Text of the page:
This week’s blog can also be called Ethic’s Seismic Fracture, and here is why.
Wells Fargo Corporation opened fake bank accounts and fake credit card accounts, and charged its customers fees for accounts they did not know existed. These actions were both illegal and unethical and will have significant consequences for all those involved. It has all the trappings of a soap opera scandal and everyone is piling on adding his or her opinion wherever they can. But the story is not over and I think there is more to come.
This is an ethical failure of seismic proportions, and I will likely write about it in a future letter, but it is too soon because I don’t believe we know the whole story. It does offer an excellent segue into a related issue that I think is relevant to this story.
An article in the Harvard Business Review discussed the subject of listening and why this is such a critical skill for CEOs and other leaders. The author noted that a recent survey indicated as many as 25 percent of CEOs of major companies were either not good listeners or down right bad at it. The article went on to explain that this deficit at that level of leadership in a company can have severe consequences to the point of damaging the company. I think it’s safe to say the authors of that survey got that one right.
When such a deficit exists at the top level, imagine what the absence of this skill would mean in someone heading up a major business unit who must communicate and receive feedback from other business unit leaders. Information naturally flows up an organization making information transfers across the various organizations difficult at best, but it is made more difficult if the person in charge of one of these organizational structures does not listen well.
Think for a moment about a company much like Wells Fargo where employees at multiple levels in an organization are trying to convey important information up the chain of command; information that signals the train is going too fast and is about to go off the tracks, but that information doesn’t move up the organization. It meet resistance that shows itself in several ways. These can be procedures that require detailed explanations and lengthy reviews for no apparent reason, a set of well-established routines that do not conform to any written procedures or policies and which cannot be bypassed, and a culture that says to the average manager or employee “make your numbers first and save your complaints for later…” The transition from poor listening skills to an un-willingness to listen is a very short step.
One of the most important skills a leader has is the ability to listen. It is one of the ingredients of leadership that separates a leader from the rest of the crowd. Does this mean that you can’t achieve a leadership role without this skill? No, it doesn’t; a person can achieve a leadership role in a company or organization without this skill, but the chances of doing well in that position are significantly diminished without it.
The leaders at Wells Fargo failed in their leadership role. It is not the first company to suffer a severe failure of leadership, and it won’t be the last. As more time passes I think we will find there were ample opportunities to change the work ethic in that company, but the warning signs were ignored. I believe the failure to listen at various levels of the organization was the catalyst that sowed the seeds for disaster.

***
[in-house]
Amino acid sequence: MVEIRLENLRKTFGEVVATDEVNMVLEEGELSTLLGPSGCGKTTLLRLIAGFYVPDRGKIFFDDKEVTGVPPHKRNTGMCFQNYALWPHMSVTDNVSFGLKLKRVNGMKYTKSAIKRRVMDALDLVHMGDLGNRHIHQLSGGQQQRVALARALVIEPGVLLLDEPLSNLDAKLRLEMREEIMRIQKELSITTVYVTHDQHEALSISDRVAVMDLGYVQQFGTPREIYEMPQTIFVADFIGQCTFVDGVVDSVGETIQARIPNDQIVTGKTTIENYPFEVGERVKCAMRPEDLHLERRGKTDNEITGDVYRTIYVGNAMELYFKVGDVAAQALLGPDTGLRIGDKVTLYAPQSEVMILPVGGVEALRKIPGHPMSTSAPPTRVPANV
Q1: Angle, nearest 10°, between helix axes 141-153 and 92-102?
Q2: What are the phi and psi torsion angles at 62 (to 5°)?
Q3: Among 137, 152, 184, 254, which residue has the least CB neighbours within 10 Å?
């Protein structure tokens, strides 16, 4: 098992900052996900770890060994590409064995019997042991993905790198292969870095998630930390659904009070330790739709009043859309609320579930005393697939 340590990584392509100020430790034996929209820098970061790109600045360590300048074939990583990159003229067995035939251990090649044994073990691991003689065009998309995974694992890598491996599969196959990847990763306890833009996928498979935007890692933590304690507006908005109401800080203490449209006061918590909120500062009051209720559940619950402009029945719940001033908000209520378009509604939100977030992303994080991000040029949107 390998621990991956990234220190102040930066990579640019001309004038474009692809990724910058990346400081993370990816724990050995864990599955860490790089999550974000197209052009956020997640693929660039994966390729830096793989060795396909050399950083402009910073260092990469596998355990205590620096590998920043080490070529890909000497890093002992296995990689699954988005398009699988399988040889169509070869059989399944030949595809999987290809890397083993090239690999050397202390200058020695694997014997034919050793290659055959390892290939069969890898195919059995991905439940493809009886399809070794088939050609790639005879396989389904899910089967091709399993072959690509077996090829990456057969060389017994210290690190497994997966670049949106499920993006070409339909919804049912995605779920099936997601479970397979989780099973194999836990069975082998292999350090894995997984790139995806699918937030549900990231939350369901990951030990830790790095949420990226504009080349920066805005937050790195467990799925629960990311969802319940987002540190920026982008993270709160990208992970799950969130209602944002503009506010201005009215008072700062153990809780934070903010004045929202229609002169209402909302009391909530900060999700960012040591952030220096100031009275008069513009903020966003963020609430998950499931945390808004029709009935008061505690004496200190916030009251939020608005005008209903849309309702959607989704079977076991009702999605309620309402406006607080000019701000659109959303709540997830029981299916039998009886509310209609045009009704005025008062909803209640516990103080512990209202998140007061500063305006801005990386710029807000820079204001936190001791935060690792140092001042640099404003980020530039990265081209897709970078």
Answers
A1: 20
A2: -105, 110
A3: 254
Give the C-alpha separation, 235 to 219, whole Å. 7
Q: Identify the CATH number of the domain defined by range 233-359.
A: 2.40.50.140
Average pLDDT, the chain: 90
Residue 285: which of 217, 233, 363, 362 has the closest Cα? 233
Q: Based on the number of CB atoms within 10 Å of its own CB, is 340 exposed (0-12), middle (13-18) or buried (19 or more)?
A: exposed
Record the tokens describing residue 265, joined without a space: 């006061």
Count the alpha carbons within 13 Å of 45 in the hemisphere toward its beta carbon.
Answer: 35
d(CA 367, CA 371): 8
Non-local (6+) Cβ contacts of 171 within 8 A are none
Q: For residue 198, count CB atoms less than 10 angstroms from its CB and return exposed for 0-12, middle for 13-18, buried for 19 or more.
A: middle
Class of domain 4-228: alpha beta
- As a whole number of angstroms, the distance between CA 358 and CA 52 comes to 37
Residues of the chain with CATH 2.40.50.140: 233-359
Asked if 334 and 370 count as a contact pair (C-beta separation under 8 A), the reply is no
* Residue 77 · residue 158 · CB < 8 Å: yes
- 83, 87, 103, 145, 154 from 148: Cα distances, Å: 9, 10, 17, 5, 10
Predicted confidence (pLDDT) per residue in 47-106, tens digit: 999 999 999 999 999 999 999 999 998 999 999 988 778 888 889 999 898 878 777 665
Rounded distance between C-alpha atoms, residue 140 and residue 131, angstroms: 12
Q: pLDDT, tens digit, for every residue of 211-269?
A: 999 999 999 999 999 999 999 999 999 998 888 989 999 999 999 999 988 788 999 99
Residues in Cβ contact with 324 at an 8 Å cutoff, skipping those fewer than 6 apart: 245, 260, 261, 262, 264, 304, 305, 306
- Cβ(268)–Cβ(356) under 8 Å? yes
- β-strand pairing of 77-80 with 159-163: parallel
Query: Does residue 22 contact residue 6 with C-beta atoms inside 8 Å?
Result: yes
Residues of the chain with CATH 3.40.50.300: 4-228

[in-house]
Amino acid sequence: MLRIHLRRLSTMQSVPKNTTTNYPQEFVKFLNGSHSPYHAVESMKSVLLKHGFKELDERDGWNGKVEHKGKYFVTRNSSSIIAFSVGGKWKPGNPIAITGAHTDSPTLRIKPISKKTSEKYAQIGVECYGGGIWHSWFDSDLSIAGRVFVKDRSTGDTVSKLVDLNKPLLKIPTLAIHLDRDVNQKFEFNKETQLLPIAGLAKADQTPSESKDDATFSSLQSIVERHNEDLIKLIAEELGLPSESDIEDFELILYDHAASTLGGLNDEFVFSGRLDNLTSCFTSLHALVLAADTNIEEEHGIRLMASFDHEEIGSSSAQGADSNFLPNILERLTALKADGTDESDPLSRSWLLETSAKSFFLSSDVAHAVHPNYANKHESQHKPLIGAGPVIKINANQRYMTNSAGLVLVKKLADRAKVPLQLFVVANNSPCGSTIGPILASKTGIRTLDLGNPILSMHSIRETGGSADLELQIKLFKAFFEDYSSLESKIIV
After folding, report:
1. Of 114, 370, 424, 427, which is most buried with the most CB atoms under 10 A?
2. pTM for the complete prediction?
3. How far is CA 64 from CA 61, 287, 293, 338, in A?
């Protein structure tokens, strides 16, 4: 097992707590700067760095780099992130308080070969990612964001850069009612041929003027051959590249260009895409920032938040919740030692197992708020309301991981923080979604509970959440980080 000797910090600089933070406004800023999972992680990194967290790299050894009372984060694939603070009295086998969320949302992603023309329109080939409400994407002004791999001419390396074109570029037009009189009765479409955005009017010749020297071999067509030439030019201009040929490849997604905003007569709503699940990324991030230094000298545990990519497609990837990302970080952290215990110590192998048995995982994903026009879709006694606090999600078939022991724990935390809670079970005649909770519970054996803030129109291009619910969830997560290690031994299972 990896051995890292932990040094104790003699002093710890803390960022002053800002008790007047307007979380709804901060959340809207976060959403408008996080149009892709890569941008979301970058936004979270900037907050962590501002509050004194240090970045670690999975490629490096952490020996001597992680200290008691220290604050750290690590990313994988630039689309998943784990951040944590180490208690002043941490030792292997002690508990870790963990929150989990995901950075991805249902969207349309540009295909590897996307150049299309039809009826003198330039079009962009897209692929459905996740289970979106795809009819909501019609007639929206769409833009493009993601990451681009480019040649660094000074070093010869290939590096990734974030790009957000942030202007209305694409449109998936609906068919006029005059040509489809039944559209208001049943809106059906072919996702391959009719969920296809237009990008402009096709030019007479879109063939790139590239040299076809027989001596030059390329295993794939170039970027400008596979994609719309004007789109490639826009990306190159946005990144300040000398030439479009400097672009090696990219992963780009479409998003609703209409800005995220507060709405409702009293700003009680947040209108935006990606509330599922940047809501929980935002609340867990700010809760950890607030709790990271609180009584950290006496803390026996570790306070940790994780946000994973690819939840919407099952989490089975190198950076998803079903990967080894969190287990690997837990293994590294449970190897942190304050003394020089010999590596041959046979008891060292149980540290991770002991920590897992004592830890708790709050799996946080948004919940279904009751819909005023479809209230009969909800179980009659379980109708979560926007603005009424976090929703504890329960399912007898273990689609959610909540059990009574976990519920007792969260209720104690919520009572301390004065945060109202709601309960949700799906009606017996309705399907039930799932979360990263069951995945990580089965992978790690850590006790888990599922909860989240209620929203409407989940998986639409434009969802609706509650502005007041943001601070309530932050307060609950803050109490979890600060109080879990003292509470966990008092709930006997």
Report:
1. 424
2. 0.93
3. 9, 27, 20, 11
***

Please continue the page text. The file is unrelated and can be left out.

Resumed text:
Successful leaders learn early in their careers that listening is part of a process designed to produce communication with others that works so that misunderstandings are reduced or eliminated. I encourage those who read my letter each month to read, or if you have already, then re-read Stephen R. Covey’s book The 7 Habits of Highly Effective People. He understood that listening, especially empathic listening requires training. Sometimes leaders trained themselves to achieve this level of listening, and sometimes leaders found someone to teach them how to achieve this level of listening.
In chapter 5 of his book Stephen Covey wrote that there are several principles of communication and he begins by saying “seek first to understand then to be understood”. I believe those principles are as valid today as when he wrote his book some 30 years ago.
The idea that you first needed to understand the person you were talking to was a completely foreign concept to the vast majority of people. In the business world of that era it was seen as an impractical point of view, and that view was not hard to understand in that most communication at time was directive in nature where the boss told his employees what to do and when he wanted it done and the employee was expected to figure it out.
I am firmly convinced that empathic listening as he wrote about has a sound ethical foundation and provides the best framework for building listening skills of the scope and reach that will separate you from the crowd, and sustain you in your role as a leader.
A strong ethical culture requires the right kind of action. Listening is an action and so it must be supported by the right kind of action to be successful.
Food for thought: Great readers and great listeners all have great work ethics. They work hard at what they do and they are devout about their reading and listening. (Andy Wilkinson)
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